More and more young people have access to higher education, making the minimum required degree for employment a bachelor’s degree in many developed countries. On the other hand, when facing unemployment, many young people choose to educate themselves even more, hoping that it would land them their dream job in the future. These two behaviors have resulted both in graduate oversupply and underemployment, meaning that having a degree does not ensure a job anymore. For example, in New South Wales in Australia, there are 47,000 people looking for a job as a teacher, which is almost the same number as that of employed teachers. But who’s job is it to make sure we are not educating too many professionals compared to the amount of jobs available?
There has been a lot of criticism over the mass education of youth. Many people with university degrees find themselves serving coffee after graduation. When graduates are underemployed, we are not putting the full capacity of the employees to use. This does not only affect the income of the underemployed person, but can have further implications in economic growth, productivity and competitiveness. This phenomenon can be linked to the fact that education does not match the needs of the working world or prepare graduates for it.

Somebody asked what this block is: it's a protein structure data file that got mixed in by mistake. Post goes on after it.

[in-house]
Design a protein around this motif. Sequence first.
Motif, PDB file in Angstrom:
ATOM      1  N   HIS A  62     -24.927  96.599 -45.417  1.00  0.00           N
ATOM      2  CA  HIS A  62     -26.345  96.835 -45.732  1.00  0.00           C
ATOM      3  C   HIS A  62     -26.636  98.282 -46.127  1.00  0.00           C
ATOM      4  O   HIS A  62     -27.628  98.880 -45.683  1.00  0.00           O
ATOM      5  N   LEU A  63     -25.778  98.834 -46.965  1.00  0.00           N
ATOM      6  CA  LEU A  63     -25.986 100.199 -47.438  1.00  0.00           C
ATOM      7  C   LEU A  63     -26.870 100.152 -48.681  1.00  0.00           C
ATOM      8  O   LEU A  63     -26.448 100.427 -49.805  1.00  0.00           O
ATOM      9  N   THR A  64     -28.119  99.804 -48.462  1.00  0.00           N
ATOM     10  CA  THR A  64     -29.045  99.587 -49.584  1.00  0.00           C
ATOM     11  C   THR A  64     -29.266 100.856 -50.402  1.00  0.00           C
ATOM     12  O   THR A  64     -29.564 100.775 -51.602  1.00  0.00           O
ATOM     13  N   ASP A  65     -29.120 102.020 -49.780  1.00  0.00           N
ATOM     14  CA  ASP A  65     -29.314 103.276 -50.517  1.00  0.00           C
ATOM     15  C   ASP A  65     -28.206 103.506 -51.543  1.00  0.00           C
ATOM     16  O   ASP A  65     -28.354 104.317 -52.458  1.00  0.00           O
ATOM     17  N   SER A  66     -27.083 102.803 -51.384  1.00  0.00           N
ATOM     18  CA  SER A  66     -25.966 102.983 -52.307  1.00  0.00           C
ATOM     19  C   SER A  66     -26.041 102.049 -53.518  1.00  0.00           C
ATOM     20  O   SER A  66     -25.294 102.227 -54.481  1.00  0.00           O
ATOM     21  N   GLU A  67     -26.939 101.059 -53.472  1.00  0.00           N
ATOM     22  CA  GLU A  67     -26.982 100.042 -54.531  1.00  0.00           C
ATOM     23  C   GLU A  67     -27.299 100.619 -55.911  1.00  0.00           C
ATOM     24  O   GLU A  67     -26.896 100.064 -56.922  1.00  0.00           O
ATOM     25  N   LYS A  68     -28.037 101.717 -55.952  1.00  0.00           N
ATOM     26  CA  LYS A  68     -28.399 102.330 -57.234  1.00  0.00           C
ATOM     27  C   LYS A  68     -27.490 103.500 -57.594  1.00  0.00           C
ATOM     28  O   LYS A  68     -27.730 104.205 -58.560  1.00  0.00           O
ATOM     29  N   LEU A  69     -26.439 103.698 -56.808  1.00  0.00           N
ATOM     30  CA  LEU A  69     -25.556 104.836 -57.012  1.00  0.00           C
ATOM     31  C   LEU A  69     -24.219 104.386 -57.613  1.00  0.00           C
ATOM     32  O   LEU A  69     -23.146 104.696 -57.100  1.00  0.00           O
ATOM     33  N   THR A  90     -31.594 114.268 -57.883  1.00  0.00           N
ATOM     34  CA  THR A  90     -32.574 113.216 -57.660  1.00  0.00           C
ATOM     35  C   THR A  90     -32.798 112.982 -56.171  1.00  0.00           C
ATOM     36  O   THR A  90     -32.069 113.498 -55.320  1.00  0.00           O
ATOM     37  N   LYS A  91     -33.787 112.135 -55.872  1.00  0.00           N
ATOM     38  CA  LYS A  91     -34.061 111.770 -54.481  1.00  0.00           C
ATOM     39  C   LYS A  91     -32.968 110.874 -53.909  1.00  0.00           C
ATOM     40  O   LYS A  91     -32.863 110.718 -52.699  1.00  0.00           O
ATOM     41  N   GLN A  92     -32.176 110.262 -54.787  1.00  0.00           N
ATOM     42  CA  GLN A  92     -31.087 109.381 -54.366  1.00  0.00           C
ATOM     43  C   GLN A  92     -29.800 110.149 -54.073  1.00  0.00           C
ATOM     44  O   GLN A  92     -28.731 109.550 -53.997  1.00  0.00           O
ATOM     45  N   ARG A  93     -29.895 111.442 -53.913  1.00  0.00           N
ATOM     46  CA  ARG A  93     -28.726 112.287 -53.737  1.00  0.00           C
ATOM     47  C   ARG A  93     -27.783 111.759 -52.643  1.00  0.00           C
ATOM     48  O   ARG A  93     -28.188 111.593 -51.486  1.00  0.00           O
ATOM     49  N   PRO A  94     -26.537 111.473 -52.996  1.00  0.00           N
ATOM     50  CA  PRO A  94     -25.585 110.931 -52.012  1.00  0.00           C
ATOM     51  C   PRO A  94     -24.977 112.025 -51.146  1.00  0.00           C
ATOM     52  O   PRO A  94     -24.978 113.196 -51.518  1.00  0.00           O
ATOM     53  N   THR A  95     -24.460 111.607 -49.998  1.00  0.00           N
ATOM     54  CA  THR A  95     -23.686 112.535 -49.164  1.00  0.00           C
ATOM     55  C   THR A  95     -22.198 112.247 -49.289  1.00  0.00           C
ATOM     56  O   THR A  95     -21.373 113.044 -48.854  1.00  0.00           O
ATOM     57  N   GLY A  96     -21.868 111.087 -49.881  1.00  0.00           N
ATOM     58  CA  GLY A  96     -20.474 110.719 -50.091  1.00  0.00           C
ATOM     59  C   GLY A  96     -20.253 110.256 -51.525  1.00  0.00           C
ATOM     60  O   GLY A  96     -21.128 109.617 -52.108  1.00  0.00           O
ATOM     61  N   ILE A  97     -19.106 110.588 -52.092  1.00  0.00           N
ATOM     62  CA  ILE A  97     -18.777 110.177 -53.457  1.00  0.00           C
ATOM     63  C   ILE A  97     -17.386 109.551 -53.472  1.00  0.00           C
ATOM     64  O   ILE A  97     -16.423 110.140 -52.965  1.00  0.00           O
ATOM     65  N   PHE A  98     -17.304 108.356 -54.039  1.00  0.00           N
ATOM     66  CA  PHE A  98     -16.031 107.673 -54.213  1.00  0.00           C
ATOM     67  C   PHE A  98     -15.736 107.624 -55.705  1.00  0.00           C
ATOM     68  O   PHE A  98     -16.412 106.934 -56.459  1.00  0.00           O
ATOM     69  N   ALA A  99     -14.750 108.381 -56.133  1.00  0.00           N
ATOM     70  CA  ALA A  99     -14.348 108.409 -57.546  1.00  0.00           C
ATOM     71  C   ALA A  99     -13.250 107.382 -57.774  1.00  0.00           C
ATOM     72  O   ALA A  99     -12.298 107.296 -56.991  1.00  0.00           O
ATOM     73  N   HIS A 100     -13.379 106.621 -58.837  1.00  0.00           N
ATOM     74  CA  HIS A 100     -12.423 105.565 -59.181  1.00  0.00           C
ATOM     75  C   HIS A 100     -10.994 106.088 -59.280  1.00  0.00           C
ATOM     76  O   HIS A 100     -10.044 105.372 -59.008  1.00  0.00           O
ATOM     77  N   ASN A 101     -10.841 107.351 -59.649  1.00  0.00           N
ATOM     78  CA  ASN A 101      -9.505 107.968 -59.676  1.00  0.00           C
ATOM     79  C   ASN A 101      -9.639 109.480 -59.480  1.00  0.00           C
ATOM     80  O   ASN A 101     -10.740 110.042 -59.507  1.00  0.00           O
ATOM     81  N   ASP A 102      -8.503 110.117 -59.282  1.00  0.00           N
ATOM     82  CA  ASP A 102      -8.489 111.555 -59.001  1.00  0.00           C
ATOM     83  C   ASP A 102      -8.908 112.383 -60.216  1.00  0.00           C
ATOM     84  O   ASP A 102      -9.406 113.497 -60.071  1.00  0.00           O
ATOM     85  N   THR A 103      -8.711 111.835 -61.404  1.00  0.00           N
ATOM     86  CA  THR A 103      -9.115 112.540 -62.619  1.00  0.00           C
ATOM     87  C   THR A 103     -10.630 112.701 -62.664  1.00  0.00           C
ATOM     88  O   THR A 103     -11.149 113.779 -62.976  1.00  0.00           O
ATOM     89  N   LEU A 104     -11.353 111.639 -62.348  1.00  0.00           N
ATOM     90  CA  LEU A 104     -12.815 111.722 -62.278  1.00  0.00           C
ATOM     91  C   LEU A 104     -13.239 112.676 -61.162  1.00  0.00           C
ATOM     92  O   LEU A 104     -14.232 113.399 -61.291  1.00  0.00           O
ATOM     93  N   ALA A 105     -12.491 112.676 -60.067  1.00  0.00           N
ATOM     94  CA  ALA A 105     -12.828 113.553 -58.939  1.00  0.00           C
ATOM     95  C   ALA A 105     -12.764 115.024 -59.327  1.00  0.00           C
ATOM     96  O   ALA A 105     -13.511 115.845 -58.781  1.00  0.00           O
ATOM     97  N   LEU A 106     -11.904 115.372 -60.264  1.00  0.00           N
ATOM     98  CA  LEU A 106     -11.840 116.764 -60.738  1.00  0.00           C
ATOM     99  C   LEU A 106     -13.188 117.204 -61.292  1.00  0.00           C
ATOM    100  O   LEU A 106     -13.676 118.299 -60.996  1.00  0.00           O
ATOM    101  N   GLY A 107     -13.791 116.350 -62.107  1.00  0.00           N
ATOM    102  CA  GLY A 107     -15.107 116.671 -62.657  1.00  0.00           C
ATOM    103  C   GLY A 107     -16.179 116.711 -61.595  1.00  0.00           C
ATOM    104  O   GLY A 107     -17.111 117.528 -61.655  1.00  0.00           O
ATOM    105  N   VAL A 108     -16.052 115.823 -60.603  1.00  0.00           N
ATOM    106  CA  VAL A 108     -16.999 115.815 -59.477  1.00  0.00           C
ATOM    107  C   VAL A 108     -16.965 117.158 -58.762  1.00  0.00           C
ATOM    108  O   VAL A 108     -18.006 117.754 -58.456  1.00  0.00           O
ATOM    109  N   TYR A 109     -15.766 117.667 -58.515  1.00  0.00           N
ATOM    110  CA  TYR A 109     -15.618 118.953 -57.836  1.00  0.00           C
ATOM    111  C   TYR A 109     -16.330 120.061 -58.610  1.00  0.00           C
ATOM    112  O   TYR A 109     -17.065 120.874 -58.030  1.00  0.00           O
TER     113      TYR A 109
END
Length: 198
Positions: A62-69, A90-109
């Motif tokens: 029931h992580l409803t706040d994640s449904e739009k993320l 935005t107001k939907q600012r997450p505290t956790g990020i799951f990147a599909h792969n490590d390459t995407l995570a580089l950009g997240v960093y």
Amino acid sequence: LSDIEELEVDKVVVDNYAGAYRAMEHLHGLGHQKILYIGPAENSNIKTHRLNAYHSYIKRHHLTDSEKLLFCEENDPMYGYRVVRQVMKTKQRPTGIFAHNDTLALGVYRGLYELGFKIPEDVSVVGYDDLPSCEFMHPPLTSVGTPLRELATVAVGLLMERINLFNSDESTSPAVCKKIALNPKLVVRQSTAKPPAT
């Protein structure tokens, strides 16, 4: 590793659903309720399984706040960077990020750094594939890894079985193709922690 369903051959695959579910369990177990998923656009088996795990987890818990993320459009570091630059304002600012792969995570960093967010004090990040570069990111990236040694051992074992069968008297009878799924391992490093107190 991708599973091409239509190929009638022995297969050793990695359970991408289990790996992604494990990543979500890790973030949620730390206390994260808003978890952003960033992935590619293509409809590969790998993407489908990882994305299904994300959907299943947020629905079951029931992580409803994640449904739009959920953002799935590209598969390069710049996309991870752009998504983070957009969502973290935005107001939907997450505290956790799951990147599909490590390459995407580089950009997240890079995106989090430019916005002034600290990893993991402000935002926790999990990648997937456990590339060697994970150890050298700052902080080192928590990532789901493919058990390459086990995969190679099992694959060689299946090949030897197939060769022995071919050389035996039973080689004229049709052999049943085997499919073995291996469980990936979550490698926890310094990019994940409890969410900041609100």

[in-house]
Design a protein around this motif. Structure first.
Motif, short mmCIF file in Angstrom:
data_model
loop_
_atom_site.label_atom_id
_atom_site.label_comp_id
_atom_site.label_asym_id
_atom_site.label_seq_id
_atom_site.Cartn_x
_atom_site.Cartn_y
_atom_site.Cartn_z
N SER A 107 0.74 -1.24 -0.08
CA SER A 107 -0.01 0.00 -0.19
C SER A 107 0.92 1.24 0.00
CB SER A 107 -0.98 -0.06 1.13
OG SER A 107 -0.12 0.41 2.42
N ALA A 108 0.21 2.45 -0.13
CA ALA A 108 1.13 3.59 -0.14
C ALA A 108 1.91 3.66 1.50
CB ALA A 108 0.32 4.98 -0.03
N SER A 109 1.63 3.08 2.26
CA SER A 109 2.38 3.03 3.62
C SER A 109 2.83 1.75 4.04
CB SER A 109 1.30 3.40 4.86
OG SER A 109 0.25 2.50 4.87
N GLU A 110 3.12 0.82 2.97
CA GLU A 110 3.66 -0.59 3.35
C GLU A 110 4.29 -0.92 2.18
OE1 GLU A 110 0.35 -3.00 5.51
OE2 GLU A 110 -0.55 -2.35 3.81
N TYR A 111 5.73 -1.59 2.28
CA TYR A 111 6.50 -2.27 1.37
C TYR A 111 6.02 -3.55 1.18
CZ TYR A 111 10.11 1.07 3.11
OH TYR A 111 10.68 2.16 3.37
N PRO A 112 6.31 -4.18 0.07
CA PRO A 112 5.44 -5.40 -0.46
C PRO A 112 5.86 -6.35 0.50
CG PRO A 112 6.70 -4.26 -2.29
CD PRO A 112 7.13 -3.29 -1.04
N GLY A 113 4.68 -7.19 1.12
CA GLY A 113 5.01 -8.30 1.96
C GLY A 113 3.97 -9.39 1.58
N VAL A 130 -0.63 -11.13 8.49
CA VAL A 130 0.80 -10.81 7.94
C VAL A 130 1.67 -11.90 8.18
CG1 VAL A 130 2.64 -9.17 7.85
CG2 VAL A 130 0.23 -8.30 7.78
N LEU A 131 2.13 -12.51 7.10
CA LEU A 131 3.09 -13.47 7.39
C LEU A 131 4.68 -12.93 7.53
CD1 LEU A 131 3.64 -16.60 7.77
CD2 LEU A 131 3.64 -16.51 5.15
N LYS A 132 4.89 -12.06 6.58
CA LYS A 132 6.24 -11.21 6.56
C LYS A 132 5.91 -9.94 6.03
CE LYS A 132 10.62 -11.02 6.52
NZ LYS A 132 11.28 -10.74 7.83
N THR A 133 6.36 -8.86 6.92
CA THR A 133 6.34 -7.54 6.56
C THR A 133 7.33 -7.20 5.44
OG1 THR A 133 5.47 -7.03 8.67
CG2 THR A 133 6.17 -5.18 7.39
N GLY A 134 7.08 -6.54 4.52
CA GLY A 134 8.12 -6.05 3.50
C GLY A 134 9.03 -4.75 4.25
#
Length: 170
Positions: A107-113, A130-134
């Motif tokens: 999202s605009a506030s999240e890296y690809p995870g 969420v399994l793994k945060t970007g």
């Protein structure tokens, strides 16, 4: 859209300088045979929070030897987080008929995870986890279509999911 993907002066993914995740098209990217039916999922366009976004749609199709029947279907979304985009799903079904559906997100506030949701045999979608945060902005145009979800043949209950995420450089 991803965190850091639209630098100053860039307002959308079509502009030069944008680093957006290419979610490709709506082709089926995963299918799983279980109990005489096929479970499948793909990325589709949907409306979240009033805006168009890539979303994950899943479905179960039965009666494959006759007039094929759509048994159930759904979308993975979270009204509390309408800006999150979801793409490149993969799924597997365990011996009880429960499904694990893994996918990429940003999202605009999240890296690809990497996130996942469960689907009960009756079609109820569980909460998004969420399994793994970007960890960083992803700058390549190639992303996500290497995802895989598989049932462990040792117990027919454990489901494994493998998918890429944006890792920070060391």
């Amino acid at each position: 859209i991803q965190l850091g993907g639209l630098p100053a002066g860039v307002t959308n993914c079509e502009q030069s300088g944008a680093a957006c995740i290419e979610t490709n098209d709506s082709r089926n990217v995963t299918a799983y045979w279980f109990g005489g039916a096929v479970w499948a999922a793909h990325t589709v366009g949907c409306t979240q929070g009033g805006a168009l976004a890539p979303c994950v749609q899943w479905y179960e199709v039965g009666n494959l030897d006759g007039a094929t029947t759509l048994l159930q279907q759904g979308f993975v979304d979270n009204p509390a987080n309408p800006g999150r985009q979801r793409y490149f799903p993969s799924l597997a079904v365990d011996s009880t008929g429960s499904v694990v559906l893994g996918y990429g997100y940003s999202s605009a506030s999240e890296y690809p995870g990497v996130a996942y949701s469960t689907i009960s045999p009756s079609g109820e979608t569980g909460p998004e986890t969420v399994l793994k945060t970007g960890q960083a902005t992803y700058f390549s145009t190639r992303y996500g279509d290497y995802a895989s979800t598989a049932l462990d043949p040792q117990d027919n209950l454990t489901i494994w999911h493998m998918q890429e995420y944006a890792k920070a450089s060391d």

According to McKinsey’s Education to Employment Report, 70% of educators feel that their students are prepared for the working world, whereas less than 50% of employers and graduates feel the same. It seems like the most difficult thing for many young people is to transition from education to employment.
Going back to the question I presented in the beginning, who’s responsibility is it to match the supply and demand of graduates? In my opinion, we need all stakeholders to take action. Universities should work together with employers to align not only the amounts of educated people for certain sectors, but to prepare young people with the skills needed to be employable and perform in the working world. This needs closer collaboration between employers and educators all around. On the other hand, government policies should support this to ensure that these educated young people are contributing to economic growth. Lastly, when choosing degrees, young people should look into the labor market needs.
When I was applying for university, labor market needs were the last thing on my mind. I just wanted to follow my passions and didn’t think about possible employability issues in the future. I wish at that point someone had educated me about the reality of the working world and the skills needed in the future. Educators should take more responsibility in guiding young people already when they are making the decision about their future studies. Many young people like myself also prefer to learn by doing, so a stronger involvement of employers in higher education would help young people find what they want to do in the future and develop the needed skills.
The world is changing faster than ever before, and it is the responsibility of everyone involved to ensure that we are not educating young people for jobs that do not exist anymore on their graduation day.3